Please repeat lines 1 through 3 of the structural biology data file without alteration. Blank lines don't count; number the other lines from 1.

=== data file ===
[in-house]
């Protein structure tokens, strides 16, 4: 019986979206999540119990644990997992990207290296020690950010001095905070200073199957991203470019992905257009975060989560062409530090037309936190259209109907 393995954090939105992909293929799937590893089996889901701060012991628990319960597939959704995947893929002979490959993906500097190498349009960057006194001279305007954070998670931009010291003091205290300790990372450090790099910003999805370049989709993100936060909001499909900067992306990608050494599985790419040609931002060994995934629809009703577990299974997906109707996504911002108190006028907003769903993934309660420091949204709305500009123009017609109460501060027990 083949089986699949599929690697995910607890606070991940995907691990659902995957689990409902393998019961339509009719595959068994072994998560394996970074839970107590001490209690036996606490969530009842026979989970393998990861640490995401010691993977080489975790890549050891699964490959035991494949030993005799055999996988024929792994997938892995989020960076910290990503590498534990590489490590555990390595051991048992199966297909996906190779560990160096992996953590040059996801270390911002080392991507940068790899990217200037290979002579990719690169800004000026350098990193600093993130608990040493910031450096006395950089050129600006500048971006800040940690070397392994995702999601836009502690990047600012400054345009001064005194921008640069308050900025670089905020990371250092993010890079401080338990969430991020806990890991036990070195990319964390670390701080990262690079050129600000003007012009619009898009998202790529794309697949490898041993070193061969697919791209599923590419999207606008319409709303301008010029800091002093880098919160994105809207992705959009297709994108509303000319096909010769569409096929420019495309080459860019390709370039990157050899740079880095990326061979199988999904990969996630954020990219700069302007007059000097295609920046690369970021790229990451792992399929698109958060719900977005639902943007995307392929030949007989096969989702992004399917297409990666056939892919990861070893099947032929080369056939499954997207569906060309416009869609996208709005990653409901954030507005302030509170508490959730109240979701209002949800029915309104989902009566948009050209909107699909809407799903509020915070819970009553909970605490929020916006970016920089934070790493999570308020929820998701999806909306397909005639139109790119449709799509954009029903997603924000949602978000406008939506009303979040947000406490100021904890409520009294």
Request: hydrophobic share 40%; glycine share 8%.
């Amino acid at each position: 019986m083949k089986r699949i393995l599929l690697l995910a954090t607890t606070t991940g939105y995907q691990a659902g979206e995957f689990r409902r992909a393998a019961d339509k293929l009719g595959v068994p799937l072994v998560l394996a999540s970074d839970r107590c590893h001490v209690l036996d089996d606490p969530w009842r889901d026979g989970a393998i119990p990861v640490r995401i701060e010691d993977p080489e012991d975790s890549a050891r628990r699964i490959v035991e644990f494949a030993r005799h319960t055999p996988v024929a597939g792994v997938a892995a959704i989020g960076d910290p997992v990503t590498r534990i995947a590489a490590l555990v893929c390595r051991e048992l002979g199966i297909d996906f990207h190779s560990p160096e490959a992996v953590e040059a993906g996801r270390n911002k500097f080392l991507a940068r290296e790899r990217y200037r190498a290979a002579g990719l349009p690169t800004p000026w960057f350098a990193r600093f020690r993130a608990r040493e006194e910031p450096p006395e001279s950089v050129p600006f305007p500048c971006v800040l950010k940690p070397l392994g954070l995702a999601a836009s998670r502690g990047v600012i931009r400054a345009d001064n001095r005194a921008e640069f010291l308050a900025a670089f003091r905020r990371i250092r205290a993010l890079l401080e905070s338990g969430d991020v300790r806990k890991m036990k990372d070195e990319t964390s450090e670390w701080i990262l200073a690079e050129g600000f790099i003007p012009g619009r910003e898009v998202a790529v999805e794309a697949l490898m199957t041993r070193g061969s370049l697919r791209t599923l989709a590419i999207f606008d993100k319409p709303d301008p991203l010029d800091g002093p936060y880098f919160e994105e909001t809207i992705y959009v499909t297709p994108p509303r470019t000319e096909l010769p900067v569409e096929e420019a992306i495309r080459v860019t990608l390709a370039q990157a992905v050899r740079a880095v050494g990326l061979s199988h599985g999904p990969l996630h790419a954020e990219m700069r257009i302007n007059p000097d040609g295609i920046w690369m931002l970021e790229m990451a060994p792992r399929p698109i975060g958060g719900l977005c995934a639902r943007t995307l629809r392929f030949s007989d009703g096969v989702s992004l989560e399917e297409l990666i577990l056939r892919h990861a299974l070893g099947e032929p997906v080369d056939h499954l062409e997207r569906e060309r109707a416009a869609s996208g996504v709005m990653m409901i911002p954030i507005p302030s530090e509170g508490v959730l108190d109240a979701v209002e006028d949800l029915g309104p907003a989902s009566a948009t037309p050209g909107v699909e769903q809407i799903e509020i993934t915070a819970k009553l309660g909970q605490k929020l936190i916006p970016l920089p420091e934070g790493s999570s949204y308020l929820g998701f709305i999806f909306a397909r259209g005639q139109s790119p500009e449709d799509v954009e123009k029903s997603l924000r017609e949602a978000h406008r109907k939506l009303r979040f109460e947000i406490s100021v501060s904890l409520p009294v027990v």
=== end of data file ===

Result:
[in-house]
């Protein structure tokens, strides 16, 4: 019986979206999540119990644990997992990207290296020690950010001095905070200073199957991203470019992905257009975060989560062409530090037309936190259209109907 393995954090939105992909293929799937590893089996889901701060012991628990319960597939959704995947893929002979490959993906500097190498349009960057006194001279305007954070998670931009010291003091205290300790990372450090790099910003999805370049989709993100936060909001499909900067992306990608050494599985790419040609931002060994995934629809009703577990299974997906109707996504911002108190006028907003769903993934309660420091949204709305500009123009017609109460501060027990 083949089986699949599929690697995910607890606070991940995907691990659902995957689990409902393998019961339509009719595959068994072994998560394996970074839970107590001490209690036996606490969530009842026979989970393998990861640490995401010691993977080489975790890549050891699964490959035991494949030993005799055999996988024929792994997938892995989020960076910290990503590498534990590489490590555990390595051991048992199966297909996906190779560990160096992996953590040059996801270390911002080392991507940068790899990217200037290979002579990719690169800004000026350098990193600093993130608990040493910031450096006395950089050129600006500048971006800040940690070397392994995702999601836009502690990047600012400054345009001064005194921008640069308050900025670089905020990371250092993010890079401080338990969430991020806990890991036990070195990319964390670390701080990262690079050129600000003007012009619009898009998202790529794309697949490898041993070193061969697919791209599923590419999207606008319409709303301008010029800091002093880098919160994105809207992705959009297709994108509303000319096909010769569409096929420019495309080459860019390709370039990157050899740079880095990326061979199988999904990969996630954020990219700069302007007059000097295609920046690369970021790229990451792992399929698109958060719900977005639902943007995307392929030949007989096969989702992004399917297409990666056939892919990861070893099947032929080369056939499954997207569906060309416009869609996208709005990653409901954030507005302030509170508490959730109240979701209002949800029915309104989902009566948009050209909107699909809407799903509020915070819970009553909970605490929020916006970016920089934070790493999570308020929820998701999806909306397909005639139109790119449709799509954009029903997603924000949602978000406008939506009303979040947000406490100021904890409520009294």
Request: hydrophobic share 40%; glycine share 8%.